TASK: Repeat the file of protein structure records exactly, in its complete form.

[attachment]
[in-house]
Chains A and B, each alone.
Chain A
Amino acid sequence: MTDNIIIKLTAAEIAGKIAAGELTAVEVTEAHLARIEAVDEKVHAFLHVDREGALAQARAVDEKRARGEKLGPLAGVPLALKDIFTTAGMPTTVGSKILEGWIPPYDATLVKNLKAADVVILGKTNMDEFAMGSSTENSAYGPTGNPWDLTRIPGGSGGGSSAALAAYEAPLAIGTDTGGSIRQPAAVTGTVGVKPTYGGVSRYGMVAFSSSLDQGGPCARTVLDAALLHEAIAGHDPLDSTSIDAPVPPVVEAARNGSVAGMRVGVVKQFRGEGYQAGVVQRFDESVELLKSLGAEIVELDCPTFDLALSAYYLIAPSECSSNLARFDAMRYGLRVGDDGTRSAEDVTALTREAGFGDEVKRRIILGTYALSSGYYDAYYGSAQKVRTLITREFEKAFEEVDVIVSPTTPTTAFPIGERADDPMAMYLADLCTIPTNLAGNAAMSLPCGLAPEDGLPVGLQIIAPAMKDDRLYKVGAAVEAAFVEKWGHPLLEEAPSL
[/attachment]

[in-house]
Chains A and B, each alone.
Chain A
Amino acid sequence: MTDNIIIKLTAAEIAGKIAAGELTAVEVTEAHLARIEAVDEKVHAFLHVDREGALAQARAVDEKRARGEKLGPLAGVPLALKDIFTTAGMPTTVGSKILEGWIPPYDATLVKNLKAADVVILGKTNMDEFAMGSSTENSAYGPTGNPWDLTRIPGGSGGGSSAALAAYEAPLAIGTDTGGSIRQPAAVTGTVGVKPTYGGVSRYGMVAFSSSLDQGGPCARTVLDAALLHEAIAGHDPLDSTSIDAPVPPVVEAARNGSVAGMRVGVVKQFRGEGYQAGVVQRFDESVELLKSLGAEIVELDCPTFDLALSAYYLIAPSECSSNLARFDAMRYGLRVGDDGTRSAEDVTALTREAGFGDEVKRRIILGTYALSSGYYDAYYGSAQKVRTLITREFEKAFEEVDVIVSPTTPTTAFPIGERADDPMAMYLADLCTIPTNLAGNAAMSLPCGLAPEDGLPVGLQIIAPAMKDDRLYKVGAAVEAAFVEKWGHPLLEEAPSL